KVWV: New community radio station taking input
by Rodney Lotter
Way back when, as a young lad, the radio was ubiquitous in my day-to-day life. The bus driver would be listening to classic rock on the way to school, and then again on my way home. I would get home, sit on my bed, crack open whatever homework I had to do and turn on the radio in order to hear the latest from Korn or Foo Fighters or whatever (retrospectively) music was playing on “alternative rock” radio stations in the mid- to late 90s.
Back then, radio was an important thing; then the internet came along, digital music, etc. and very few non-corporate, hyperlocal broadcasters were left. Of course, podcasts had a masive significance, and thanks to some changes in a Federal Communications Commission (FCC) act, unused FM stations can be owned and operated by the community, rather than a corporation.
One of these unused FM radio stations was recently given to Bellingham’s Make.Shift. The art gallery located at 306 Flora St. is now home to 94.9 KVWV (fun fact: the call letters were chosen because the “VWV” looks like mountains).
“Low Power FM stations (LPFM) are community-based, non-commercial radio stations that operate at 100 watts or less and reach a radius of 3 to 7 miles,” Make.Shift’s website states. “With the help of radio advocacy group Common Frequency, Make.Shift applied for an LPFM license in 2013, during what may have been the last application window ever for LPFM stations across the nation.”
The initial idea for the radio station came about as another way to connect the arts and music communities in Bellingham, to give exposure to local bands, non-profit organizations, businesses, artists and various others in and around the city, said Matt Fu, one of the main brains behind KVWV. Some of the other people behind the scenes are Bellingham musicians and residents such as Tyson Ballew, Spencer Willows, and Kelly and Alton Fleek. (Fun fact: The Fleeks are in a cool band called Spider Ferns and are Bellingham-ish residents.)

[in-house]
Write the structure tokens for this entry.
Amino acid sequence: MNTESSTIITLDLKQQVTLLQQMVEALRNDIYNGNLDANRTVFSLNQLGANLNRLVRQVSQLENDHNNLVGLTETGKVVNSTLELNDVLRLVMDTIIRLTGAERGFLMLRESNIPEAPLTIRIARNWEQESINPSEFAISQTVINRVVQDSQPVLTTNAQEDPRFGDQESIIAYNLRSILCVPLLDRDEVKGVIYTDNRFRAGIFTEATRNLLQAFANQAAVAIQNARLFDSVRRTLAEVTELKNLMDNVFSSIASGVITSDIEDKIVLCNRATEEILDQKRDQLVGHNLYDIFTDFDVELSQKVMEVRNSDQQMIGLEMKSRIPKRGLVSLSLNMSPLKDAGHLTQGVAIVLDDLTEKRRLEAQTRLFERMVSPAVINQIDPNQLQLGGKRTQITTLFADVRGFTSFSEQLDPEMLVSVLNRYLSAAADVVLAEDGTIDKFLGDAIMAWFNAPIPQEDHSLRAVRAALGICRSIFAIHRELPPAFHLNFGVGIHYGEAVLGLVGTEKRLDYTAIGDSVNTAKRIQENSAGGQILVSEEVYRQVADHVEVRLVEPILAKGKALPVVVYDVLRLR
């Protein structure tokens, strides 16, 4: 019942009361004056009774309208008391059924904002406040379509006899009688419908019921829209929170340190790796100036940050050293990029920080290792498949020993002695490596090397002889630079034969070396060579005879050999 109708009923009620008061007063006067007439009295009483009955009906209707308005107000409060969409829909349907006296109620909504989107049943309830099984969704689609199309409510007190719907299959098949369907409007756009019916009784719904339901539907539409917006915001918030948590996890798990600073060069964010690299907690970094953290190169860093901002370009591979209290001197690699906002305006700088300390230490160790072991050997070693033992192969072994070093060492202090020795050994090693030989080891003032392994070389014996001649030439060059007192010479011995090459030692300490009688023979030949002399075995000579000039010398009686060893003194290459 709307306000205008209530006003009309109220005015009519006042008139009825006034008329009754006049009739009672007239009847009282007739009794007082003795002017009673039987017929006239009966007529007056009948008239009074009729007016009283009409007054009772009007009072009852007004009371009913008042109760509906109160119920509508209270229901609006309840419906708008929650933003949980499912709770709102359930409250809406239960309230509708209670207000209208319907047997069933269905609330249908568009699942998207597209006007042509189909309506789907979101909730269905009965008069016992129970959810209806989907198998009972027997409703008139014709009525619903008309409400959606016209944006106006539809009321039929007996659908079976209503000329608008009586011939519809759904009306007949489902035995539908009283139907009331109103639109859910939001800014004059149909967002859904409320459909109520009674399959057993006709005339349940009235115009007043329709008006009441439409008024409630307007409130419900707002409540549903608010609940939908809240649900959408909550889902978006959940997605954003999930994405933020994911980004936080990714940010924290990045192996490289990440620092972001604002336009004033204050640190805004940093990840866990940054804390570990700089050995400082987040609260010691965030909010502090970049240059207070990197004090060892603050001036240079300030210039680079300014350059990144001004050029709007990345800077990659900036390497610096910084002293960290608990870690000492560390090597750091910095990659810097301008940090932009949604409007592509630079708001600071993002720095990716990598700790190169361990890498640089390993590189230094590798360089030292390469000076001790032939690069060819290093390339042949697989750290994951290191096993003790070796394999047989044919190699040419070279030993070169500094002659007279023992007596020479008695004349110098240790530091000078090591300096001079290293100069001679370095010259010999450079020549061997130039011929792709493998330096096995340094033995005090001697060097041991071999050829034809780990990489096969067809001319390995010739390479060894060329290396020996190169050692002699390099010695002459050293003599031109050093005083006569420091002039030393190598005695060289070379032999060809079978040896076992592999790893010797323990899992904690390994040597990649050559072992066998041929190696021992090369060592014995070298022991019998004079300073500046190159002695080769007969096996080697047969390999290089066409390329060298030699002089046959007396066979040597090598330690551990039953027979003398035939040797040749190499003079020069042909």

“[KVWV] is about making it as accessible to the community as possible,” Fu said. “We want community members to engage with each other and make the radio station their own. All we are doing is facilitating it, so it gets on the air.”
Before the station will be able to reach the airwaves, there is a lot of work that needs to be done, the group said. Prior to getting the license, Make.Shift did not have any resources to run a radio station out of the gallery. In total, about $30,000 is needed in order to purchase all the audio equipment, antennas and other materials needed to get it up and running. In order to buy them some time, KVWV will first begin streaming online only, in order to give the community a taste of what they can expect from the station and donate money as they see fit.
Willows said they are also coordinating an online fundraising campaign and hope to launch later this month or in February. (Stay tuned to the group’s Facebook page or website for details.)
“We want this radio station to be a voice for Bellingham and Whatcom County,” Willows said. “We want it to be something you can’t hear anywhere else. Not only is it exciting to have a local radio station, but also since it will be online as well, we can reach out to the entire world.”
There have been many ideas floating around about what will be broadcast on the station, some of which are live in-studio performances by local bands, music shows, and human interest and community news programming.
MORE DETAILS: The new station, KVWV, will be based at the Make.Shift space at 306 Flora Street. Before it can hit the air, a fundraiser will be launched to raise money for equipment and other needs. The group is currently taking input from the community about what they would like to hear on KVWV, and are also looking for volunteers to take part in the creation of the radio station. More information can be found on their facebook page or on their website bellinghamcommunityradio.org.
Published in the January 2015 issue of What’s Up! Magazine